Wow, thanks for all of the input, this is super helpful. If I decide to actually try and go the cold setting route, what do you think of this tutorial?

    http://sheldonbrown.com/frame-spacing.html
    And before you do it, measure the current spacing first. If it is 126mm, a modern 130mm rear wheel will squeeze in just fine without cold setting. If it is 120mm, then you will need to cold set it to 130mm.

  15. #15
    Unreasonably tall member non-fixie's Avatar
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    Quote Originally Posted by cycle_maven View Post
    It's very do-able. Just expensive. I upgraded a Raleigh Supercourse to 10-speed:

    $50- new compact crankset and bottom bracket (on sale)
    $130- new microshift brifters with cables
    $30- New rear hub
    $0- Cold set the frame to 130mm
    $50- new rear derailleur
    $30- new chain
    $40- New cassette, 12-30
    $30- misc grease, brake cables, cable stops, etc.
    $90- spokes and rims (CR-18's and stainless spokes)

    Grand total: $450. Not cheap. But the bike is exactly what I wanted.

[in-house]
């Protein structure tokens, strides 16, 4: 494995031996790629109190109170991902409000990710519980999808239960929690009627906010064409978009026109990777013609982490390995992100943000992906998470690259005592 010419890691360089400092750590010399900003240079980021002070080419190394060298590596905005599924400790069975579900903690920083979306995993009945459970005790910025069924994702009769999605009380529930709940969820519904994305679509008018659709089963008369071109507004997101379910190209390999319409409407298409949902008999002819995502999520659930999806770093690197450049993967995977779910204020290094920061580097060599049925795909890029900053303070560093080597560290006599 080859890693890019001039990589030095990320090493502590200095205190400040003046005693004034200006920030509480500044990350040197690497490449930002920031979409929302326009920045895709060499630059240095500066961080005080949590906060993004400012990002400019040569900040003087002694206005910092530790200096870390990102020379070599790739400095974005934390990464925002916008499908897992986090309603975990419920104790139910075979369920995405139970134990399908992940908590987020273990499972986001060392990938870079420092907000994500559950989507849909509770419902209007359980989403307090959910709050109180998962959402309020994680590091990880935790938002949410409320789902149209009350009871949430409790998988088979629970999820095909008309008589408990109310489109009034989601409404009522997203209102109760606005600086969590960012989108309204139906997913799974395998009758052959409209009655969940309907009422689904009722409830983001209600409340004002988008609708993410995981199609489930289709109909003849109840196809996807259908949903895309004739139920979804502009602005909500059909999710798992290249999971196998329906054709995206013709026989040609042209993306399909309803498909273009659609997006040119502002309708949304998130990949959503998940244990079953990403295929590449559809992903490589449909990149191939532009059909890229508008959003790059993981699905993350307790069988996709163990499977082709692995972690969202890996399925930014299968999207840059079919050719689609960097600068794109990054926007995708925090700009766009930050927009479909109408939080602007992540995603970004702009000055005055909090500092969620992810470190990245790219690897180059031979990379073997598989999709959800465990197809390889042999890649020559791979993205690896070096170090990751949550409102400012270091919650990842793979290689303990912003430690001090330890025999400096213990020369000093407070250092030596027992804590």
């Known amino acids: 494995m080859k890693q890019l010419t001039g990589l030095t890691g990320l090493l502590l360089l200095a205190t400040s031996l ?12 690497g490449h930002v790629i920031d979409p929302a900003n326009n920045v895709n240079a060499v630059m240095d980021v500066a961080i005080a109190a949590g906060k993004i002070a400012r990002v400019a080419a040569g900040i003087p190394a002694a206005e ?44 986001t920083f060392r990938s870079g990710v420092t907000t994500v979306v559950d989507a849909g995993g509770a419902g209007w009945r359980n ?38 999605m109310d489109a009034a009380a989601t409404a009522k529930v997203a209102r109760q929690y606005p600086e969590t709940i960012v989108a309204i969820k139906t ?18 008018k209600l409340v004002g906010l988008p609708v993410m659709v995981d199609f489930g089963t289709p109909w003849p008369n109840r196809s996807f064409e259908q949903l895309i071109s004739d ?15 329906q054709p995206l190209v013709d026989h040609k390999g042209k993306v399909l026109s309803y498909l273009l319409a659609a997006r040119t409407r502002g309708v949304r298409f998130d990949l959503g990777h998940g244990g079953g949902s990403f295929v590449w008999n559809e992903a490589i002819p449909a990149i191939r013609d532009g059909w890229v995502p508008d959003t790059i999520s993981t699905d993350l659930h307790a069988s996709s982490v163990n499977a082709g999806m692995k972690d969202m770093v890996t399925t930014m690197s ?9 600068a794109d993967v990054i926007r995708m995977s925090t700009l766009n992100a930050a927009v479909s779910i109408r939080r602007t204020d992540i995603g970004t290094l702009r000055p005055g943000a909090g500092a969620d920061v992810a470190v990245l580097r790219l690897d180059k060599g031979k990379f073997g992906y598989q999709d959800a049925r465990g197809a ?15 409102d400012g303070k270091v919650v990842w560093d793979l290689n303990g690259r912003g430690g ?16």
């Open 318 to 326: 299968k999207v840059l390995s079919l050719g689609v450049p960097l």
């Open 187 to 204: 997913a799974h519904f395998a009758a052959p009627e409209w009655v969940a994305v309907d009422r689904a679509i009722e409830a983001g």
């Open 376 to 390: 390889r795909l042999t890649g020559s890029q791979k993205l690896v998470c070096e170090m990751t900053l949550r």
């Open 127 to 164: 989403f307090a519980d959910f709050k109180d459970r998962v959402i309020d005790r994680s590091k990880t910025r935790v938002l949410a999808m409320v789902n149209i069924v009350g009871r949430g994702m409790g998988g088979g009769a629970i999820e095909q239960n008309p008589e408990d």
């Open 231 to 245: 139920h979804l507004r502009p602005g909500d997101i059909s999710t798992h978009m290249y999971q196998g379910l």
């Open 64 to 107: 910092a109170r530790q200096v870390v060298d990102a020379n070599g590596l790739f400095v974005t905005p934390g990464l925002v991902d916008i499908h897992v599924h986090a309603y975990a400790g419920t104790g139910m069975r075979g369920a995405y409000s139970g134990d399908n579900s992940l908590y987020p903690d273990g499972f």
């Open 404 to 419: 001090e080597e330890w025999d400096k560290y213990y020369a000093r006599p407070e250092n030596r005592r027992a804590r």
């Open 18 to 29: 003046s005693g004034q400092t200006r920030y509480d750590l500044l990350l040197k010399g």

Depending on the quality level of the result you are looking for there is an alternative route that's easier and cheaper. And maybe more in line with the frame you intend to use: buy a used 3x7 hybrid that's got plenty of miles left in it, and swap the complete drivetrain, maybe even including the wheels, with what you've got on your bike. Add cable stops, a pair of used brifters and you're ready to roll. I've done similar conversions a few times, and the out-of-pocket costs amounted to about $100 per bike (donor bike, brifters, misc. parts).
    Clunker or not, it's gotta have gears!

  16. #16
    Senior Member RobbieTunes's Avatar
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    Quote Originally Posted by americansteel View Post
    Wow, thanks for all of the input, this is super helpful. If I decide to actually try and go the cold setting route, what do you think of this tutorial?

    http://sheldonbrown.com/frame-spacing.html
    I'm not one for instructions, but he's probably right.
    Robbie ♪♫♪...☻
    You will not believe how fast I used to be...

    1979 Centurion Semi Pro
    1982 Lotus Classique
    1985 Cinelli Equipe Centurion
    1985 Eddy Merckx Corsa Extra
    1987 D'Arienzo (Basso)
    1995 Hot Tubes TT
    1995 Trek OCLV 5500
    1997 Kestrel 200SCi
    1998 Kestrel KM 40 Airfoil
    2004 Quintana Roo Kilo
    2006 Cinelli XLR8R-2
    2013 Eddy Merckx EMX-3